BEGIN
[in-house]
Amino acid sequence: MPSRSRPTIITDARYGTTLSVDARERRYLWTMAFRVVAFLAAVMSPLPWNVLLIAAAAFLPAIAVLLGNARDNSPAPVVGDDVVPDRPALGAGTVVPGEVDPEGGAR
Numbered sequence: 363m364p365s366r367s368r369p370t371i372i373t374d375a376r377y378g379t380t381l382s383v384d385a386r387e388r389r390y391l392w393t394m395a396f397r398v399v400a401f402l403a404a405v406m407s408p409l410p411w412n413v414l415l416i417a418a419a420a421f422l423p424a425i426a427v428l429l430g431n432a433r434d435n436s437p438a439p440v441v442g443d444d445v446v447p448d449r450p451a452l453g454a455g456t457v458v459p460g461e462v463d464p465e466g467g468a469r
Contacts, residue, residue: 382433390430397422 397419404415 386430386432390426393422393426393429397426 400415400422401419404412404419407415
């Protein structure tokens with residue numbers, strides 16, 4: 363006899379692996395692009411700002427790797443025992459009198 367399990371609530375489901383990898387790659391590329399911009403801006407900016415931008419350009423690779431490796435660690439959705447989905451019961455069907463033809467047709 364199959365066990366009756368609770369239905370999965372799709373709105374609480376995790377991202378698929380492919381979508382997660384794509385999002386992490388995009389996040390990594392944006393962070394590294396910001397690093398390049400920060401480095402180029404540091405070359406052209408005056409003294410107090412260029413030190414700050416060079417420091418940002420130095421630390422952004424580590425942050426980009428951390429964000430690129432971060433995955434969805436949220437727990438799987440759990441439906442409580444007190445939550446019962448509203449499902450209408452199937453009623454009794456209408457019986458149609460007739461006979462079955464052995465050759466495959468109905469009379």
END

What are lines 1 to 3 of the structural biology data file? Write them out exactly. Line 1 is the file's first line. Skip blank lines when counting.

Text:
[in-house]
Amino acid sequence: MPSRSRPTIITDARYGTTLSVDARERRYLWTMAFRVVAFLAAVMSPLPWNVLLIAAAAFLPAIAVLLGNARDNSPAPVVGDDVVPDRPALGAGTVVPGEVDPEGGAR
Numbered sequence: 363m364p365s366r367s368r369p370t371i372i373t374d375a376r377y378g379t380t381l382s383v384d385a386r387e388r389r390y391l392w393t394m395a396f397r398v399v400a401f402l403a404a405v406m407s408p409l410p411w412n413v414l415l416i417a418a419a420a421f422l423p424a425i426a427v428l429l430g431n432a433r434d435n436s437p438a439p440v441v442g443d444d445v446v447p448d449r450p451a452l453g454a455g456t457v458v459p460g461e462v463d464p465e466g467g468a469r